Uhuru Kenyatta has won Kenya’s presidential election despite facing an international crimes against humanity trial, provisional results showed today, as his main rival refused to concede, raising tensions following the key poll.

While supporters of Kenyatta, son of Kenya’s founding president and one of Africa’s richest men, danced in the streets, followers of his arch-rival Raila Odinga seethed at the results.

The reactions of the rival camps are being closely watched in Kenya, where deadly violence erupted after disputed December 2007 elections, shattering the country’s image as a beacon of regional stability.

Kenyatta took 50.03 per cent of the vote, according to the election commission figures, to become the African country’s new leader 50 years after his independence hero father, Kenya’s founding president.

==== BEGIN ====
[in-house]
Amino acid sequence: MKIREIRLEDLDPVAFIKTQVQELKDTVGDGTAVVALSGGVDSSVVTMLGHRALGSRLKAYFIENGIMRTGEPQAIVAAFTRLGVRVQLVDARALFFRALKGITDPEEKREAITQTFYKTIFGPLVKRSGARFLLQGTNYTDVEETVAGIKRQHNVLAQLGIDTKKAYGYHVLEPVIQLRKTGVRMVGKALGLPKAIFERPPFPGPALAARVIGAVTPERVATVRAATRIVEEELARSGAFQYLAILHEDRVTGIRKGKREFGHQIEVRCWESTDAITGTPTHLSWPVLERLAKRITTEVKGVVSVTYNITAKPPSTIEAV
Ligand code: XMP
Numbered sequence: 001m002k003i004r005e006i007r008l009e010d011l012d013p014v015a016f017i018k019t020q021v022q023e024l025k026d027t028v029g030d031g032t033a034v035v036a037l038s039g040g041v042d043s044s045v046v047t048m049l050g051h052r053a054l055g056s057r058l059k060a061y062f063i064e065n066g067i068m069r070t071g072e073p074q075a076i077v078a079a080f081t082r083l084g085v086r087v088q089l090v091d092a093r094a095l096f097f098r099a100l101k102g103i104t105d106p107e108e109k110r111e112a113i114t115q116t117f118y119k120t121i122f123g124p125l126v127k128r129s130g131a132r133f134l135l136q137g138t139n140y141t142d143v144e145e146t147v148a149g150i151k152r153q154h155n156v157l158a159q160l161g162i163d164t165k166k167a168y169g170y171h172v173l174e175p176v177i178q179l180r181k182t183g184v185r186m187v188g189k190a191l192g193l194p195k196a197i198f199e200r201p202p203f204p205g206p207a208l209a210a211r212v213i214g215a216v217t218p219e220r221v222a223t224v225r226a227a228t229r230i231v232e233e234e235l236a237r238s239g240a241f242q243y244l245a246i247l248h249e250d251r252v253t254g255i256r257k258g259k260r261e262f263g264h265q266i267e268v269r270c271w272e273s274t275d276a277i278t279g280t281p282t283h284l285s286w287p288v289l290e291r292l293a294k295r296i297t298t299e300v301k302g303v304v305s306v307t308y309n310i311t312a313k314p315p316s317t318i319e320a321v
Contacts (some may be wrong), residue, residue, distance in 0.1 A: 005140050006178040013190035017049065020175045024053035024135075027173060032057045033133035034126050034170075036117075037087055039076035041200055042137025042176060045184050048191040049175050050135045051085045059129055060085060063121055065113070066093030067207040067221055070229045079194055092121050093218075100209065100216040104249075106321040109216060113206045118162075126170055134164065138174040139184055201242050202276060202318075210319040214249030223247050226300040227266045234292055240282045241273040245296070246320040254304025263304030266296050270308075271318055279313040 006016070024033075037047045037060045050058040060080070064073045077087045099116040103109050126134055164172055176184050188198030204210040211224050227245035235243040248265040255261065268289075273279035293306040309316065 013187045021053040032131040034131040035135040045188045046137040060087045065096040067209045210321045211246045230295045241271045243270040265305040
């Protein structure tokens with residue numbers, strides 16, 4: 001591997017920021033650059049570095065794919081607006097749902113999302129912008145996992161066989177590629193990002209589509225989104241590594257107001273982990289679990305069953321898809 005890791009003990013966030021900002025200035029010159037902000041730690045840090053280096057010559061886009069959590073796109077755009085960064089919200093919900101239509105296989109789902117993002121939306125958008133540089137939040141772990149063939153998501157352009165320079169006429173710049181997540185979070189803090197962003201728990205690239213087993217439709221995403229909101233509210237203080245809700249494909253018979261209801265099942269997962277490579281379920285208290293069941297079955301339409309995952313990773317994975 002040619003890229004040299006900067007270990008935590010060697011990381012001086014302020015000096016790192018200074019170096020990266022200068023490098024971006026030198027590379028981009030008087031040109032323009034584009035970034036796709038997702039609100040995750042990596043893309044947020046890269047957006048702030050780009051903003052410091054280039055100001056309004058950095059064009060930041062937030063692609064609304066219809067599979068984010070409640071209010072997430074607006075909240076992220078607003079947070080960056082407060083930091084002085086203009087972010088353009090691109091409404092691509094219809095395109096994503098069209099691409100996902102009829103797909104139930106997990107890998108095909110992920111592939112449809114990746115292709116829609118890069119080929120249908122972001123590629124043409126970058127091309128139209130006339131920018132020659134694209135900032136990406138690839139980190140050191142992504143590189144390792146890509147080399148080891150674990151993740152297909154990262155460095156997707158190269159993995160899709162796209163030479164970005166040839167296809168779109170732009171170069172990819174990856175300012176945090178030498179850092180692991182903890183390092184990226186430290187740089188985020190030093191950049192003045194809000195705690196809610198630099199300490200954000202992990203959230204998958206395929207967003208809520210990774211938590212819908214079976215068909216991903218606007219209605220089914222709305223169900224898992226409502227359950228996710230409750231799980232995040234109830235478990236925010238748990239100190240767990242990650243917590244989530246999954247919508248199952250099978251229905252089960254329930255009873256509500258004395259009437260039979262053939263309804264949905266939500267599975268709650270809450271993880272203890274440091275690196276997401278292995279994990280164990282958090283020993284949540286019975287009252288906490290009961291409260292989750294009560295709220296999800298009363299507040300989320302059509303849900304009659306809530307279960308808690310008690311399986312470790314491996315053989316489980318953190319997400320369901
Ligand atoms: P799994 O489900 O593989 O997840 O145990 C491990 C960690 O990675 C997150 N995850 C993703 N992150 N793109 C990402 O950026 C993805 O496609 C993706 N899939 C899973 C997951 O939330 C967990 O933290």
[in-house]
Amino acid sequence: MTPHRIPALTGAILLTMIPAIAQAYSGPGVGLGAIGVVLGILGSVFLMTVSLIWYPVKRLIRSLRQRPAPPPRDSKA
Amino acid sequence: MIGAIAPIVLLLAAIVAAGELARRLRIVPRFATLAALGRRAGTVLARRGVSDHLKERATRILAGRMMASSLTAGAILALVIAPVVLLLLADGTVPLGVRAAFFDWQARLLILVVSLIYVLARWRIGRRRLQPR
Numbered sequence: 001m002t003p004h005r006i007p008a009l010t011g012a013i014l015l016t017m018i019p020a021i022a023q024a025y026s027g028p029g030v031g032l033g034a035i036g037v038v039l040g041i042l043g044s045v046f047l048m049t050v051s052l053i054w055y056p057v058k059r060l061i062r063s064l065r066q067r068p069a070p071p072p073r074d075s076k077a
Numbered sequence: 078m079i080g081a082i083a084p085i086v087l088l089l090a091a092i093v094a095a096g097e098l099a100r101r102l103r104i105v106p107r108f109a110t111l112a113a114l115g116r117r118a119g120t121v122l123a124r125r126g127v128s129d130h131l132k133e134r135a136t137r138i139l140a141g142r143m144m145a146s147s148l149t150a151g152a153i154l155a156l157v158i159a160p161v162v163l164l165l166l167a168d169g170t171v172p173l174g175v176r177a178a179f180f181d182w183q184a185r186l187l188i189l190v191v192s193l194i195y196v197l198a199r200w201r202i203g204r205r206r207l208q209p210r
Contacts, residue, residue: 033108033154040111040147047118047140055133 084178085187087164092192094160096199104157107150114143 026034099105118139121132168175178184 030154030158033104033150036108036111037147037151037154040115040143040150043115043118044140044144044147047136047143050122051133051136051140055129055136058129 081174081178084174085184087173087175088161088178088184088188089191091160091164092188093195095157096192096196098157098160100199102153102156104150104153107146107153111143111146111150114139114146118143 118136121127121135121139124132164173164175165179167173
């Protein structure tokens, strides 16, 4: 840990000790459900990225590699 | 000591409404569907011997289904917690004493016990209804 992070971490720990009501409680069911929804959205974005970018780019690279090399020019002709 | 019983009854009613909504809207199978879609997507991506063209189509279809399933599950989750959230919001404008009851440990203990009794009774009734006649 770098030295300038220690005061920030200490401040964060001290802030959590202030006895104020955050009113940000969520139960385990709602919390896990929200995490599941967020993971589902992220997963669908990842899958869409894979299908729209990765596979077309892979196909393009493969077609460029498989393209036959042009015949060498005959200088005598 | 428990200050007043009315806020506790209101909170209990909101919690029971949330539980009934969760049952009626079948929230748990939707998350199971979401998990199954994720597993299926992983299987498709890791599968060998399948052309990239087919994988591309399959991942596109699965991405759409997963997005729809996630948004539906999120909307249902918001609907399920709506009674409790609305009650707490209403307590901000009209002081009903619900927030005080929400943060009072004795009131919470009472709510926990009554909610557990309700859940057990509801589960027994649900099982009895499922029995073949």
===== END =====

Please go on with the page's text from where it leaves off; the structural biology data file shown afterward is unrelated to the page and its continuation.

The 51-year-old outgoing deputy prime minister – charismatic, able to appeal to all classes and one of Africa’s richest and most powerful men – is the first man to win a presidency whilst facing trial in The Hague-based International Criminal Court (ICC).

But Odinga, the outgoing prime minister who trailed in second place in the vote, has not conceded defeat and is expected to challenge the results in court.

Kenyatta, whose first name means “freedom” in Swahili, beat 68-year-old Odinga on his third failed bid at the top job by over 800,000 votes.

Excited crowds of thousands chanting Kenyatta’s name poured onto the streets of towns across the country shortly after figures were released in today morning, dressed in the red colours of Kenyatta’s party.

But Kenyatta, who won 6,173,433 votes out of a total 12,338,667 ballots cast, only just scraped through the 50 percent threshold needed to avoid a second-round runoff by just over 4,000 votes.

He and running mate William Ruto – who also faces an ICC trial later this year for violence after polls five years ago – said in a statement they were “proud and honoured for the trust being put on them” by the Kenyan people.

Odinga took second place with 43.28 percent with a total of 5,340,546 votes.

(This article was published on March 9, 2013)
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